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Bold predictions and storylines to watch as 2022 season gets underway

Brew Crew Ball staff previews season with predictions, storylines to watch

Syndication: Journal Sentinel Mike De Sisti / Milwaukee Journal Sentinel / USA TODAY NETWORK

We here at Brew Crew Ball are excited for the 2022 season to get underway after a long, cold winter without baseball. Without further ado, here are our bold predictions and storylines to watch for the Brewers in 2022.

Bold Predictions

Jason Paczkowski: Christian Yelich hits 25 home runs with a .390 OBP

I still believe in Christian Yelich. He’s had two rough years, but a player with his talent is just not going to stay down for so long. He’s had some time to manage the injuries that have kept him down, and the ability to play DH will give the Brewers a chance to get him extra rest this season. These stats wouldn’t be too far beyond what Yelich has done recently. Even in a down season, his OBP was still at .362 in 2021. 25 home runs might be a bigger stretch considering he only hit 9 last season, but he’s shown the power in the past. Now, with a new pair of hitting coaches to help him, he can get out of this slump. While he might not be at an MVP level again, a solid Yelich would be a big upgrade to this Brewers offense.

Jack Stern: Rowdy Tellez leads the team in home runs

Tellez only hit 11 home runs last year, but he hit 21 in 111 games in 2019 and demonstrated his easy power with some towering shots after joining the Brewers midway through last season. Tellez has the ability to hit the ball with authority without sacrificing much contact, punching out just 19% of the time over the past two seasons. With the door wide open for regular playing time at first base, Tellez has a chance to flourish, including in the power department.

Matt Aho: Freddy Peralta wins the Cy Young Award

My bold prediction for this season is Freddy Peralta will win the 2022 NL Cy Young Award. Peralta’s 2021 campaign was phenomenal. It seemed like every game he took the mound we were having a conversation about him potentially throwing a no-hitter. His addition of a legit changeup and slider made him one of the toughest pitchers to hit in the league. Via Statcast, Peralta was in the 95th percentile or better in xBA (97%), xwOBA (95%), xSLG (96%), K% (95%) and xERA (95%).

He was able to achieve those types of numbers in one year with his new slider and changeup. For a team that has three Cy Young candidates, I expect Peralta to not only be in that conversation again, but win the award.

Herschey Winkelman: McCutchen turns back the clock

This offseason the Brewers made only one big free agency move, bringing former MVP Andrew McCutchen to Milwaukee on a one-year deal. This will prove to be a great addition to the lineup and give the Brewers a good bat to place in the middle of the order. The Brewers had a fantastic season last year which consisted mostly of unbelievable pitching performances and many low-scoring games. Milwaukee’s main struggle last season was their hitting, which was spotlighted in the playoffs where they only scored over three runs once in their four-game series with the Braves.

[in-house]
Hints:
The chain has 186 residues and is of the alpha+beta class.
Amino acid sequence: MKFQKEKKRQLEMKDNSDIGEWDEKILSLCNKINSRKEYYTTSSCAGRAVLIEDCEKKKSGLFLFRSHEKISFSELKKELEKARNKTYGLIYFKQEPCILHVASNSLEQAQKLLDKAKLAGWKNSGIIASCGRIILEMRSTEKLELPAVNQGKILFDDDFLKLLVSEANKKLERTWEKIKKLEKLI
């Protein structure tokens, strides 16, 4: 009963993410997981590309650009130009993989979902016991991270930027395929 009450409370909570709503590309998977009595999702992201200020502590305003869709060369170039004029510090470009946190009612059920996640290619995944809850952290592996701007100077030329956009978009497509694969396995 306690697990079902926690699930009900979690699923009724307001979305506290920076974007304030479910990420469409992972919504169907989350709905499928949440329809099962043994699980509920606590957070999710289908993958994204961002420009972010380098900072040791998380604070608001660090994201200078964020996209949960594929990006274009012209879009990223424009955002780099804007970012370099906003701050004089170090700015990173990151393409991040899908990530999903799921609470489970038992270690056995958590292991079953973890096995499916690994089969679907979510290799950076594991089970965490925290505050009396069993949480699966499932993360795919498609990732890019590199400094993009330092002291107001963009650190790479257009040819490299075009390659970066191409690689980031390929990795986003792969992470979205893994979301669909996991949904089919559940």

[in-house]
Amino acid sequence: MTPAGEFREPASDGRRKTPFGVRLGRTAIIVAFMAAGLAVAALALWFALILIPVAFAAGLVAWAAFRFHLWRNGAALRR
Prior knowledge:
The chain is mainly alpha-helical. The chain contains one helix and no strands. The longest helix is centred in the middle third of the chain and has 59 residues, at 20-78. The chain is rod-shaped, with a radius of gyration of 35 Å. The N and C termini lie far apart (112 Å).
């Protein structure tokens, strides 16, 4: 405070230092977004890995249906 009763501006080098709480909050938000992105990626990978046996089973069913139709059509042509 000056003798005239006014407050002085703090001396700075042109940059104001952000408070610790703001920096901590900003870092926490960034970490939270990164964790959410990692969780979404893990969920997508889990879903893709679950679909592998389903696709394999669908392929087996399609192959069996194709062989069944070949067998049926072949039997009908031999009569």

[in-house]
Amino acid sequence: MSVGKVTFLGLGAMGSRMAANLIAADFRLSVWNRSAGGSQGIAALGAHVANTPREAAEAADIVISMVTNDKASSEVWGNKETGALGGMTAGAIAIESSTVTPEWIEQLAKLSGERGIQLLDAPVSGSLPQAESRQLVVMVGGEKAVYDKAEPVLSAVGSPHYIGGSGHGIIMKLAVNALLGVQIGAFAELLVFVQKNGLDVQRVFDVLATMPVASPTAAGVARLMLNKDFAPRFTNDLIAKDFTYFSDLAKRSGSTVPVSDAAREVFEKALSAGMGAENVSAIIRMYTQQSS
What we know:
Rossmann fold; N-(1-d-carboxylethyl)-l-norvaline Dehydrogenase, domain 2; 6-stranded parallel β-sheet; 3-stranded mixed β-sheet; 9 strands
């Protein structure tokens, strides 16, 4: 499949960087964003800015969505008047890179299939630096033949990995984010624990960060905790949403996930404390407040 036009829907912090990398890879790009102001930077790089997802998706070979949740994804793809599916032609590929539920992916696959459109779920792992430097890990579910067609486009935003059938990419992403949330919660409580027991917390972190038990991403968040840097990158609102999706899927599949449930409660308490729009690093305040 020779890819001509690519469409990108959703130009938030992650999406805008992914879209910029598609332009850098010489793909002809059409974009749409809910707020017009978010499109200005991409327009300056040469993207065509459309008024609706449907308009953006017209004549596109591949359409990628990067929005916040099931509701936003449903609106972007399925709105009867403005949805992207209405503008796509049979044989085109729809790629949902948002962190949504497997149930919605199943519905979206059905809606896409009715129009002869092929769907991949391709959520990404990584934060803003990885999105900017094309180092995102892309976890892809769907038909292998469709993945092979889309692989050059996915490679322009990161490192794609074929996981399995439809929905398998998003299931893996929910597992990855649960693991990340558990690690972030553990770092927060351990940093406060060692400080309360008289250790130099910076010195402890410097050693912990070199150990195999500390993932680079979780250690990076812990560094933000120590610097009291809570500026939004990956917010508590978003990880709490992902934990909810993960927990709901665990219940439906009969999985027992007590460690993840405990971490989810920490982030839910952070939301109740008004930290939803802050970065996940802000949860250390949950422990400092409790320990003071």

The addition of McCutchen helps improve the team’s hitting, with McCutchen belting 27 home runs and hitting .222 last season. The addition of the universal DH also provides McCutchen with a role that suits his needs. He is poised to slot in at the DH spot in the batting order, doing something he has been great at, hitting. His long and illustrious career as an outfielder also allows McCutchen to provide fielding depth too, should he suit up in one of the outfield positions. With his primary focus being his plate production, McCutchen is poised for a big season with Milwaukee and will help bolster the team’s lackluster hitting from a year ago.

Harrison Freuck: Freddy Peralta is the best pitcher on the staff, finishes top three in Cy Young voting

If you watched how good Freddy Peralta played last season, this may not be so bold. But if you watched how Brandon Woodruff and Corbin Burnes played, you might think I’m crazy. Either way, I think the top three pitchers in this staff are perhaps the best top-three starters in any rotation in baseball. But Peralta’s ability to miss bats might make him the top starter on the team this year.

He finished 2021 with a 2.81 ERA across 144.1 innings. He struck out 195 while walking 56 and his 0.970 WHIP ((walks + hits)/innings pitched), 0.165 batting average against, and 152 ERA+ easily made him a top 10 pitcher in the NL. I expect him to keep it up this season and perhaps even improve, giving him the ability to possibly win the Cy Young Award in his age 25 season.

Storylines to Watch

Jason Paczkowski: The continued development of the Urias/Lauer & Davies/Grisham trade